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The MoD is in chaos, but it must adapt to tackle emerging threats

4 min read

SNP Spokesperson for Defence, Stewart McDonald MP, is concerned that the current review into the UK's military and counter terrorism capabilities will be mired in disengagement and secrecy.

By most metrics, the Ministry of Defence is in chaos: a £20 billion funding shortfall; low manning levels not seen since before World War 1; a historically small Royal Navy; a forward procurement programme the National Audit Office says is ‘at greater risk than at any time since reporting was introduced’; and to top it all off, a book in the pipeline from Lord Ashcroft and Isabel Oakeshott which is unlikely to be sympathetic.

However, when I was named the SNP’s Defence Spokesperson earlier this summer, you could be forgiven for thinking that all was well in Main Building – The cursory page committed to Defence in the Conservative manifesto told us little we didn’t already know, with the headline £178 billion to be invested in new equipment presumably the same as the £178 billion the NAO had already shown to be inadequate: and with a NATO-sceptic Jeremy Corbyn leading the Labour Party, it wasn’t going to feature too heavily in their manifesto either.

And that suited the Defence establishment just fine. When Sky News’ Alistair Bunkall posted an opinion piece online in late July chastising the leadership of the Armed Forces and MoD for ducking serious media scrutiny in favour of arranged appearances, it chimed with the impressions of a general disengagement in the vital debates around the future of the UK’s defence and security that I had been receiving from my own sources.

Take HMS Queen Elizabeth as a prime example. The slow news summer period has proven to be the perfect time for the MoD’s media operations to put out a whole series of impressive, lavish video and picture packages as she is put through her paces before arriving in Portsmouth. But while undoubtedly a triumph of engineering and a testament to those who designed and worked on her, the whole Carriers project still faces massive questions. How much of the Navy’s manpower will be sacrificed to crew the Queen Elizabeth, and the future HMS Prince of Wales? Will the Navy’s frankly inadequate escort fleet of 17 frigates and destroyers be enough to protect these carrier groups? And are the 138 F35B Lightning II fighters which will be purchased to fly from their decks the best use of diminishing resources for all three services?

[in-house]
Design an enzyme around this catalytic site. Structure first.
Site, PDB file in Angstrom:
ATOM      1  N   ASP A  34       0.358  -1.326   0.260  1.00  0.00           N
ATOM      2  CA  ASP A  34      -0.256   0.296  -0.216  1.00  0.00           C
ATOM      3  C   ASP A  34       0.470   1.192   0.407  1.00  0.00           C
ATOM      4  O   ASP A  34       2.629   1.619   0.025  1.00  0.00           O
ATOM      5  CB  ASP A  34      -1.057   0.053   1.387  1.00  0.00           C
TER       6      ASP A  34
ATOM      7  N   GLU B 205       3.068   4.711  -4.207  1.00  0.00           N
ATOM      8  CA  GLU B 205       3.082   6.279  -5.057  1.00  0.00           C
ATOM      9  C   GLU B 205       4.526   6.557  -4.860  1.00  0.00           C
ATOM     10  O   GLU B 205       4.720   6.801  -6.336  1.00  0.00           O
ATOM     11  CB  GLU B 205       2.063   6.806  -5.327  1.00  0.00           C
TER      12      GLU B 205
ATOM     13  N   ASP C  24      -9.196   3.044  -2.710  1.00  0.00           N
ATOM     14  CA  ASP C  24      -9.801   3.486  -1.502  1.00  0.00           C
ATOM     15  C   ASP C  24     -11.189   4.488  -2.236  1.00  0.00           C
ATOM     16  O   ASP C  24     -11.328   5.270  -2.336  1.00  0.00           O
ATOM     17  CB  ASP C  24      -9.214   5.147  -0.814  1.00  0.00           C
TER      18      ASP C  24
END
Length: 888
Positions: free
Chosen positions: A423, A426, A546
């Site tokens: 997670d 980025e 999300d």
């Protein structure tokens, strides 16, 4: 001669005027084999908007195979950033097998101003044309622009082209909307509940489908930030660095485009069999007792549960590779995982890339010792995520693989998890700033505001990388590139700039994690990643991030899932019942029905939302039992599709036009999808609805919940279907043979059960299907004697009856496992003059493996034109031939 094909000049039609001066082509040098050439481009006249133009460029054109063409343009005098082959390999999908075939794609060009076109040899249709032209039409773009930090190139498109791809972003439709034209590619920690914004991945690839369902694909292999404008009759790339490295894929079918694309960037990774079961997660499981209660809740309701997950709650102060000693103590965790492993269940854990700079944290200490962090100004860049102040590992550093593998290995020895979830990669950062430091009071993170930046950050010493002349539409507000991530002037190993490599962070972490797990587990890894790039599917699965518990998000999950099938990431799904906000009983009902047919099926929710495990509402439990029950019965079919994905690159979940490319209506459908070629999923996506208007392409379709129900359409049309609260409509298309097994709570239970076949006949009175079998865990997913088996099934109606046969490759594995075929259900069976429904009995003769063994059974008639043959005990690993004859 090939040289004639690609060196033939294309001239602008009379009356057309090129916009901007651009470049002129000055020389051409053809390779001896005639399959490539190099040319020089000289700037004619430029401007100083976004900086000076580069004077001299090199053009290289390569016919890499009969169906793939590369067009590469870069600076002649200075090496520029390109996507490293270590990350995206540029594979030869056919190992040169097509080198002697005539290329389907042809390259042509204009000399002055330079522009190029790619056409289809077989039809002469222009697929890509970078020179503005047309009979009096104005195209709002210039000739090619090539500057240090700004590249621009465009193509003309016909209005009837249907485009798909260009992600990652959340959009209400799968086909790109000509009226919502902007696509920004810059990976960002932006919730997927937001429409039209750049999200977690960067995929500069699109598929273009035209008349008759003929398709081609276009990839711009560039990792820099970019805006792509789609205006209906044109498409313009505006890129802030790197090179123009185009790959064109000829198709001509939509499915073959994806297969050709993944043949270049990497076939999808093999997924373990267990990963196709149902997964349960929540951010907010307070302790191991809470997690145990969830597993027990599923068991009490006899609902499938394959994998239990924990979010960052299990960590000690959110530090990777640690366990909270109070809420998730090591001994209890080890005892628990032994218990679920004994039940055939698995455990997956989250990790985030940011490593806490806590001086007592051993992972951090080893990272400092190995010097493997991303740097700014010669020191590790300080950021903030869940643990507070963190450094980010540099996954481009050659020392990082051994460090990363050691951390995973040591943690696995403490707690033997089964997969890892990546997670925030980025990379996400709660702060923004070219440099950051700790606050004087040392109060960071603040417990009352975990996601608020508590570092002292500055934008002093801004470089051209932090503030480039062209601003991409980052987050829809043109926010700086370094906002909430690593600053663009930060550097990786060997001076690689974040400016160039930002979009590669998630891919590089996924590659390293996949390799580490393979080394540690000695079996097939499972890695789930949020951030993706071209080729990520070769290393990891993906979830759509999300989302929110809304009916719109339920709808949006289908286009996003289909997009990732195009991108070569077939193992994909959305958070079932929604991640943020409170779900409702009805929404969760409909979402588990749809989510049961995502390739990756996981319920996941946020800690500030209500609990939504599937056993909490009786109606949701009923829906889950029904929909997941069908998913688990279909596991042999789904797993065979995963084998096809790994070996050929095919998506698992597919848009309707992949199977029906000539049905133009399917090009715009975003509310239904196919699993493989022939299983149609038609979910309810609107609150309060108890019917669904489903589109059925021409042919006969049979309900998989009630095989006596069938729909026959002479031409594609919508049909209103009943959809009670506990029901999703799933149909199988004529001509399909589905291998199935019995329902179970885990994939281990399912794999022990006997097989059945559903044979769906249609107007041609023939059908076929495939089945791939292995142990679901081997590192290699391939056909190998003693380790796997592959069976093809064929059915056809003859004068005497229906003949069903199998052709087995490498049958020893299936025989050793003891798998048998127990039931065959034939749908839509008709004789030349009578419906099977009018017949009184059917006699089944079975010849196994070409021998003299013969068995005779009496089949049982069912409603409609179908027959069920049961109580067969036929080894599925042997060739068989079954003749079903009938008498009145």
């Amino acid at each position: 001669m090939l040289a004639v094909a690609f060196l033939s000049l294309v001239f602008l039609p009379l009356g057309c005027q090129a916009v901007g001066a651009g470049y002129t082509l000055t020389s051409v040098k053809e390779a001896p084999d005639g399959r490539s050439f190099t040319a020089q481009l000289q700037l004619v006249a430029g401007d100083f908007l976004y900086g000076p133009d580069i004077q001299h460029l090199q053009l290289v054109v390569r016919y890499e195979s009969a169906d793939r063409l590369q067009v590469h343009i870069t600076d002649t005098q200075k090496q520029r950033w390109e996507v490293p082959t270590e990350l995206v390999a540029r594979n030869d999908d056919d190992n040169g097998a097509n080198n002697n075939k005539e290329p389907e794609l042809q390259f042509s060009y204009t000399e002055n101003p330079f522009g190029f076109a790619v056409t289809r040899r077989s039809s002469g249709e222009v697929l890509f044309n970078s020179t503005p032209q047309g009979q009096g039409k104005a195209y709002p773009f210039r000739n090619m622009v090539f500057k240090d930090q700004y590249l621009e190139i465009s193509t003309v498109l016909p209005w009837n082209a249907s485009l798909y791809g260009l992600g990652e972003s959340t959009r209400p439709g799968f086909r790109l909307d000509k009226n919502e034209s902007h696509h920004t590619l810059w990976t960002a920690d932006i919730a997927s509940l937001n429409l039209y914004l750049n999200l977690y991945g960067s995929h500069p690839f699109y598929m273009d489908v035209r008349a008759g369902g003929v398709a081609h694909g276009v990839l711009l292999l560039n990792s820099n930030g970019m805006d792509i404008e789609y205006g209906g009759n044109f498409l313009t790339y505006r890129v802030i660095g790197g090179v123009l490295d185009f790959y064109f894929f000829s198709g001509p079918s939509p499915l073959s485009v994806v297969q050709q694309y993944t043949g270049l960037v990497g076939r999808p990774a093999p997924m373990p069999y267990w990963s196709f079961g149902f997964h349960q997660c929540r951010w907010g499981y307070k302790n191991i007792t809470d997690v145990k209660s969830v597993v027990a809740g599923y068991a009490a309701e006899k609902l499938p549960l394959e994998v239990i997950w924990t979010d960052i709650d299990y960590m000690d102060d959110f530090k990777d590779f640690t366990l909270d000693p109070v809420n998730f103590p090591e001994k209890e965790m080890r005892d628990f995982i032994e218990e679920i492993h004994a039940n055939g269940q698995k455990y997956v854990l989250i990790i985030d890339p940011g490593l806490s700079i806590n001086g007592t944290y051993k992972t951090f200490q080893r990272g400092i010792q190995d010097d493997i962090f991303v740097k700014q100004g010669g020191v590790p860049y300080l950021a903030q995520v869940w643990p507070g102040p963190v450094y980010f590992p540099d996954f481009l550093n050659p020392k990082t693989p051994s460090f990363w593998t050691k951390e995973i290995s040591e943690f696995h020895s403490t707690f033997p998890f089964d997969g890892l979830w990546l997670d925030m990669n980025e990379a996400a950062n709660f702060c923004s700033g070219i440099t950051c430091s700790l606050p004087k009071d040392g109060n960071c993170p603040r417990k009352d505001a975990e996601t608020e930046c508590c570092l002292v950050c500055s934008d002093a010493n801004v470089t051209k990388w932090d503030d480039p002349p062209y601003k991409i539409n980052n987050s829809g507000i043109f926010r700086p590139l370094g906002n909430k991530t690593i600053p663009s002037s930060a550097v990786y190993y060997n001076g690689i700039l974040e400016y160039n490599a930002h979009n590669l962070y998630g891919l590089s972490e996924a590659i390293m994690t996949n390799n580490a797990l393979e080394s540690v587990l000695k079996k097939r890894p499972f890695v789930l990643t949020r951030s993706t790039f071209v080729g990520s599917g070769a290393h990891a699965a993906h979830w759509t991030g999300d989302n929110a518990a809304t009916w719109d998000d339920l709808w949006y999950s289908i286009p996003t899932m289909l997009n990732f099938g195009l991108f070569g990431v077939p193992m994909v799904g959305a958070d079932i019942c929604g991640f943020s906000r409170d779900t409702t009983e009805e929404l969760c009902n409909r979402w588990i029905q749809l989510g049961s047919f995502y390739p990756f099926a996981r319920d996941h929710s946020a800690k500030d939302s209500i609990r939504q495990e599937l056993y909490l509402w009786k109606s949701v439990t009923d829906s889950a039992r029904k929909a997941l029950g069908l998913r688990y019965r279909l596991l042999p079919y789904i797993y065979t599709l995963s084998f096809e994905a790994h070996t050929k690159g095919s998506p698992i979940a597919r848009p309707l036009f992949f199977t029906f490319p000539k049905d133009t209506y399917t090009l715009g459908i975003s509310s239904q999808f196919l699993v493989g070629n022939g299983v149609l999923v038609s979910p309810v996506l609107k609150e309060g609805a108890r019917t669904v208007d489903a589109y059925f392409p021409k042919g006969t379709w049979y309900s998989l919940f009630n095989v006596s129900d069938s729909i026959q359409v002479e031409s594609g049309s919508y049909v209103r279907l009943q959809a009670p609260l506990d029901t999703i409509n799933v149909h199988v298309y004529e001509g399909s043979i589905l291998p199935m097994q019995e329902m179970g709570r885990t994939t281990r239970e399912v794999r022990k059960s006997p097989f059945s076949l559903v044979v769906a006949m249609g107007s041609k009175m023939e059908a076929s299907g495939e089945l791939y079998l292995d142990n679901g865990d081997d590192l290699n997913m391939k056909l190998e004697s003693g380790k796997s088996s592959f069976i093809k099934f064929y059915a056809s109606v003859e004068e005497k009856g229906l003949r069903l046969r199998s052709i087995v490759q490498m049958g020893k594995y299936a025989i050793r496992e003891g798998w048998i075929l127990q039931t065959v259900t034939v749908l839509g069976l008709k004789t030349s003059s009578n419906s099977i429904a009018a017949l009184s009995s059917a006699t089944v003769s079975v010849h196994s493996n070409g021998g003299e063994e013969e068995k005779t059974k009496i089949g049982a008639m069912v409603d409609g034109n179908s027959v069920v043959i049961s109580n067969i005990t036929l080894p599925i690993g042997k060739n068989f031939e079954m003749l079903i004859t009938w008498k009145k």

Quite simply, the Carriers go to the problem at the heart of the MoD: a reliance on the old school razzmatazz offered by traditional, expensive, big-ticket platforms while putting off any sort of reasonable debate about what our armed forces should look like in the 21st century and beyond.

In a year when we’ve seen so many attacks UK soil in such a short space of time, there seems to be no appetite to move the discussion on to security in its broadest possible context – not to discuss threats in the abstract, but ones that are very real and will have a lasting impact on the human race.

The threats and challenges that we face are complex, fast moving and sometimes unforeseeable. Whilst the national and international networks that keep us safe are largely successful in doing so, they are continuously needing to adapt to changing environments, new threats and challenges that have, sometimes, been decades in the making: climate change, mass migration and terrorism can’t be tackled the way they are just now.

And there are people thinking about this, in the MoD and in the three services: as the recent ‘Global Strategic Trends’ report shows, the UK could respond effectively to many of these threats if it choose to: but it would require a fundamental reappraisal of our Armed Forces, both in response to these trends, and to the underlying assumptions of the 2015 SDSR, which have been changed completely by Brexit – a new SDSR is something that believe is greatly needed.

So while the announcement came through last month that the National Security Advisor Mark Sedwill was to review the UK’s military and counter terrorism capability, it looked like a positive step. Sadly though, it seems like the disengagement and secrecy identified by Alistair Bunkall will also define this review, and many MoD watchers I know fear it will simply be another excuse to salami slice budgets and further degrade the military’s human capital in order to preserve expensive platforms.

Defence Secretary Sir Michael Fallon has long been seen as the Conservative Party’s safe pair of hands, and I’ll admit to being not quite prepared for the way in which he despatched my first questions to him after the election. Many, however, have grown tired of this high-handedness and boring condescension, and will be expecting answers to the myriad of questions the MoD now has to answer. As ever, they can rely on the SNP to continue to ask them.

Stewart McDonald is the SNP Member of Parliament for Glasgow South, and is the SNP Spokesperson for Defence

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